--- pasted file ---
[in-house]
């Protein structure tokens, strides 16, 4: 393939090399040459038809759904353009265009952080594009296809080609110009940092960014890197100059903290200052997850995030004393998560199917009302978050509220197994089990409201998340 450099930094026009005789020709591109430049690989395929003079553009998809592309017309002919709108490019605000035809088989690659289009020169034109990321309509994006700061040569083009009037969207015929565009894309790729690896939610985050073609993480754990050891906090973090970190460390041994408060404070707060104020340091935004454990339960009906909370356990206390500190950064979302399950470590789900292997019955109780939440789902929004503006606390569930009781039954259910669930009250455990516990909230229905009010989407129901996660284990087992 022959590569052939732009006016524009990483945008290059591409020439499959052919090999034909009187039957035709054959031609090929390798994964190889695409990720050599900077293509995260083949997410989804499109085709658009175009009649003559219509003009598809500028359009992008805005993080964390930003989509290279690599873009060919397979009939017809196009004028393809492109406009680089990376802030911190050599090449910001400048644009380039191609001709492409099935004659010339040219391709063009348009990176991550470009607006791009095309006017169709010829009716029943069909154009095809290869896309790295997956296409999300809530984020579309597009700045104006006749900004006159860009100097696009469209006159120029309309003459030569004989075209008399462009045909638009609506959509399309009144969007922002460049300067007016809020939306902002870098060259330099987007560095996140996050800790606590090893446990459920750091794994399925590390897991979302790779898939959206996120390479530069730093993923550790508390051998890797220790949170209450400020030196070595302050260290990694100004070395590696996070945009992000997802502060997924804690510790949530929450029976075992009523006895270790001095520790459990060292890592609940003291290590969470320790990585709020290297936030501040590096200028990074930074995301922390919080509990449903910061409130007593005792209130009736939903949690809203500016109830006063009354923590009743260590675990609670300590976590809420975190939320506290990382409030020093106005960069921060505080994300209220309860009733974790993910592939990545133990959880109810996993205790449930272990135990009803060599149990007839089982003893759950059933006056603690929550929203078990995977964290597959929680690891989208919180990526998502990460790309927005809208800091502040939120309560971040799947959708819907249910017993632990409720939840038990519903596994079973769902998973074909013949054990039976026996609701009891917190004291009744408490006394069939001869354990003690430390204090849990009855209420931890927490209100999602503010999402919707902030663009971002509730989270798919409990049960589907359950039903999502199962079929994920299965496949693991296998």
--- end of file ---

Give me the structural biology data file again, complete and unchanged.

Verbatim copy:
[in-house]
């Protein structure tokens, strides 16, 4: 393939090399040459038809759904353009265009952080594009296809080609110009940092960014890197100059903290200052997850995030004393998560199917009302978050509220197994089990409201998340 450099930094026009005789020709591109430049690989395929003079553009998809592309017309002919709108490019605000035809088989690659289009020169034109990321309509994006700061040569083009009037969207015929565009894309790729690896939610985050073609993480754990050891906090973090970190460390041994408060404070707060104020340091935004454990339960009906909370356990206390500190950064979302399950470590789900292997019955109780939440789902929004503006606390569930009781039954259910669930009250455990516990909230229905009010989407129901996660284990087992 022959590569052939732009006016524009990483945008290059591409020439499959052919090999034909009187039957035709054959031609090929390798994964190889695409990720050599900077293509995260083949997410989804499109085709658009175009009649003559219509003009598809500028359009992008805005993080964390930003989509290279690599873009060919397979009939017809196009004028393809492109406009680089990376802030911190050599090449910001400048644009380039191609001709492409099935004659010339040219391709063009348009990176991550470009607006791009095309006017169709010829009716029943069909154009095809290869896309790295997956296409999300809530984020579309597009700045104006006749900004006159860009100097696009469209006159120029309309003459030569004989075209008399462009045909638009609506959509399309009144969007922002460049300067007016809020939306902002870098060259330099987007560095996140996050800790606590090893446990459920750091794994399925590390897991979302790779898939959206996120390479530069730093993923550790508390051998890797220790949170209450400020030196070595302050260290990694100004070395590696996070945009992000997802502060997924804690510790949530929450029976075992009523006895270790001095520790459990060292890592609940003291290590969470320790990585709020290297936030501040590096200028990074930074995301922390919080509990449903910061409130007593005792209130009736939903949690809203500016109830006063009354923590009743260590675990609670300590976590809420975190939320506290990382409030020093106005960069921060505080994300209220309860009733974790993910592939990545133990959880109810996993205790449930272990135990009803060599149990007839089982003893759950059933006056603690929550929203078990995977964290597959929680690891989208919180990526998502990460790309927005809208800091502040939120309560971040799947959708819907249910017993632990409720939840038990519903596994079973769902998973074909013949054990039976026996609701009891917190004291009744408490006394069939001869354990003690430390204090849990009855209420931890927490209100999602503010999402919707902030663009971002509730989270798919409990049960589907359950039903999502199962079929994920299965496949693991296998």